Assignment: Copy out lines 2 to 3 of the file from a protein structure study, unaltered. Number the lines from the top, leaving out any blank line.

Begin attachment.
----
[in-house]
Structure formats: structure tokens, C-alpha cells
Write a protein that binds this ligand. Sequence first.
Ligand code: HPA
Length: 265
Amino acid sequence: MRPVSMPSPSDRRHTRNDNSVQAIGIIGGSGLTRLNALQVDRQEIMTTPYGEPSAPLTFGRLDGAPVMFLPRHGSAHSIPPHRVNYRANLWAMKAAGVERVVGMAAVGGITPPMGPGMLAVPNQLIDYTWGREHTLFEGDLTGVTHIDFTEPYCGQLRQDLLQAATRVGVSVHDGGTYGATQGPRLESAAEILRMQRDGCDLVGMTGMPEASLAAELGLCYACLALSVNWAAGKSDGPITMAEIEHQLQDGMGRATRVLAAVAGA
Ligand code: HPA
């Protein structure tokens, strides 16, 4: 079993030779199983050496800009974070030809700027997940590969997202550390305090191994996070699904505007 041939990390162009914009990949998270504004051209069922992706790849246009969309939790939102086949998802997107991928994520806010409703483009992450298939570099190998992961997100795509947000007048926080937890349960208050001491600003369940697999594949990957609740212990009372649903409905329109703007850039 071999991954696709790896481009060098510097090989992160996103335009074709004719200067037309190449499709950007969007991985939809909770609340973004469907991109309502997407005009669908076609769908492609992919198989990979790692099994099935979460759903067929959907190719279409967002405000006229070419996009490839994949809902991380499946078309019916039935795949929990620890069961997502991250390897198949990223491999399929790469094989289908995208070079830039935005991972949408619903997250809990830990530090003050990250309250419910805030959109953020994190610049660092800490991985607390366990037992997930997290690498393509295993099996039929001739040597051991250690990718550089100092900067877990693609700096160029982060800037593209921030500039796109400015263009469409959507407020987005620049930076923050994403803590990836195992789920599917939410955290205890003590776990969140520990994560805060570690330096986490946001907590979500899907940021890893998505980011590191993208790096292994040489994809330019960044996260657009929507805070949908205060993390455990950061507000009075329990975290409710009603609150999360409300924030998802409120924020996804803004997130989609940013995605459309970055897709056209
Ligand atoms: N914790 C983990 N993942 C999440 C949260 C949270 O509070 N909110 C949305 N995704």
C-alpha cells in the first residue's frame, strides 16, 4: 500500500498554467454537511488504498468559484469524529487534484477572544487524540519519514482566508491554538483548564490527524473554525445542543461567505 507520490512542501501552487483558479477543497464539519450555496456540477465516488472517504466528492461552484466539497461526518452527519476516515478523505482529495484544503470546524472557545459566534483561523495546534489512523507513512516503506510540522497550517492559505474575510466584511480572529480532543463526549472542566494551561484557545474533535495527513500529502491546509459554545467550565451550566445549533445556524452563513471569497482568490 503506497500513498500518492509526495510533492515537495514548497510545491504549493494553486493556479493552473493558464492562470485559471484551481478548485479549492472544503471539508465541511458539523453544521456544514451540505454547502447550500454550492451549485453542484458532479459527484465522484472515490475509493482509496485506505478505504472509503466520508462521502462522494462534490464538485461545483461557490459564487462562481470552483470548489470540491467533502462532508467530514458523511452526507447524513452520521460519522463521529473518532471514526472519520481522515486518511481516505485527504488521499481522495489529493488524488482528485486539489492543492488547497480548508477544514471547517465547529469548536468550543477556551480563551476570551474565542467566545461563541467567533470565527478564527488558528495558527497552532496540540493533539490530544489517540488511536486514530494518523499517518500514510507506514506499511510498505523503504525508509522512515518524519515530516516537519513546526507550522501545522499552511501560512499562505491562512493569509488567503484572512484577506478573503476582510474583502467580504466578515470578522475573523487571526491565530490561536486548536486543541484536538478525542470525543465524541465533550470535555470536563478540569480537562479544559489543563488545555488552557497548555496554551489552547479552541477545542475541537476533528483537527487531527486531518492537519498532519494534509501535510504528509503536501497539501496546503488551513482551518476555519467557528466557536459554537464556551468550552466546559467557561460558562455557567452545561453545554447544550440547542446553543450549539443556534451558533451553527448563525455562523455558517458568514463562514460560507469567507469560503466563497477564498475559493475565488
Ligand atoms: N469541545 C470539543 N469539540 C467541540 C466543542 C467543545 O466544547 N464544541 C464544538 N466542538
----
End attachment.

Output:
Structure formats: structure tokens, C-alpha cells
Write a protein that binds this ligand. Sequence first.